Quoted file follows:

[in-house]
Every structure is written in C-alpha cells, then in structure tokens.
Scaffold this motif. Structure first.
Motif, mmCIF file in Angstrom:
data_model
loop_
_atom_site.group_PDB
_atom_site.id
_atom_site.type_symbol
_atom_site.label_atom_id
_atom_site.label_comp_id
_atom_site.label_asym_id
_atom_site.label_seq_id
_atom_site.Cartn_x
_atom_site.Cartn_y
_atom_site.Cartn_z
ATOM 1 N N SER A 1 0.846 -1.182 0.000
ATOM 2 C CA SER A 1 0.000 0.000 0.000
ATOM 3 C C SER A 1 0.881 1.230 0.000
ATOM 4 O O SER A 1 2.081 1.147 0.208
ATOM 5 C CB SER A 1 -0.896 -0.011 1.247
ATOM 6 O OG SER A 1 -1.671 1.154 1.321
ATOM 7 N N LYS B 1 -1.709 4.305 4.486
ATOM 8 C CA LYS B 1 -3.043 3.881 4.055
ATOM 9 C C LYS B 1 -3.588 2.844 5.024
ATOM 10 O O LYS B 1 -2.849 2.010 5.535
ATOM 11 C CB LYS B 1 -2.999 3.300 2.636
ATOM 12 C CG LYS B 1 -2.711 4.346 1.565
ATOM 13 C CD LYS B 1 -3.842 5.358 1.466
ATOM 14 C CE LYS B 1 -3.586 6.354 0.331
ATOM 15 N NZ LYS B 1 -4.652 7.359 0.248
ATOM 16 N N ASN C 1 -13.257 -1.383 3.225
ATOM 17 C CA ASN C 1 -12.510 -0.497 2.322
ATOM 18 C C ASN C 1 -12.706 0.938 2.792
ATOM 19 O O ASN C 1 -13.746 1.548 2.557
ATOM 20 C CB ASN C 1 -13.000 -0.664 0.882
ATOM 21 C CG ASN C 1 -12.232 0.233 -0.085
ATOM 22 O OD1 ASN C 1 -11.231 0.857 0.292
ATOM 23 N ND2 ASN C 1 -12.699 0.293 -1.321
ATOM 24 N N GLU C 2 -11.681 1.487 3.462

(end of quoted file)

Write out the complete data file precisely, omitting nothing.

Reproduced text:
[in-house]
Every structure is written in C-alpha cells, then in structure tokens.
Scaffold this motif. Structure first.
Motif, mmCIF file in Angstrom:
data_model
loop_
_atom_site.group_PDB
_atom_site.id
_atom_site.type_symbol
_atom_site.label_atom_id
_atom_site.label_comp_id
_atom_site.label_asym_id
_atom_site.label_seq_id
_atom_site.Cartn_x
_atom_site.Cartn_y
_atom_site.Cartn_z
ATOM 1 N N SER A 1 0.846 -1.182 0.000
ATOM 2 C CA SER A 1 0.000 0.000 0.000
ATOM 3 C C SER A 1 0.881 1.230 0.000
ATOM 4 O O SER A 1 2.081 1.147 0.208
ATOM 5 C CB SER A 1 -0.896 -0.011 1.247
ATOM 6 O OG SER A 1 -1.671 1.154 1.321
ATOM 7 N N LYS B 1 -1.709 4.305 4.486
ATOM 8 C CA LYS B 1 -3.043 3.881 4.055
ATOM 9 C C LYS B 1 -3.588 2.844 5.024
ATOM 10 O O LYS B 1 -2.849 2.010 5.535
ATOM 11 C CB LYS B 1 -2.999 3.300 2.636
ATOM 12 C CG LYS B 1 -2.711 4.346 1.565
ATOM 13 C CD LYS B 1 -3.842 5.358 1.466
ATOM 14 C CE LYS B 1 -3.586 6.354 0.331
ATOM 15 N NZ LYS B 1 -4.652 7.359 0.248
ATOM 16 N N ASN C 1 -13.257 -1.383 3.225
ATOM 17 C CA ASN C 1 -12.510 -0.497 2.322
ATOM 18 C C ASN C 1 -12.706 0.938 2.792
ATOM 19 O O ASN C 1 -13.746 1.548 2.557
ATOM 20 C CB ASN C 1 -13.000 -0.664 0.882
ATOM 21 C CG ASN C 1 -12.232 0.233 -0.085
ATOM 22 O OD1 ASN C 1 -11.231 0.857 0.292
ATOM 23 N ND2 ASN C 1 -12.699 0.293 -1.321
ATOM 24 N N GLU C 2 -11.681 1.487 3.462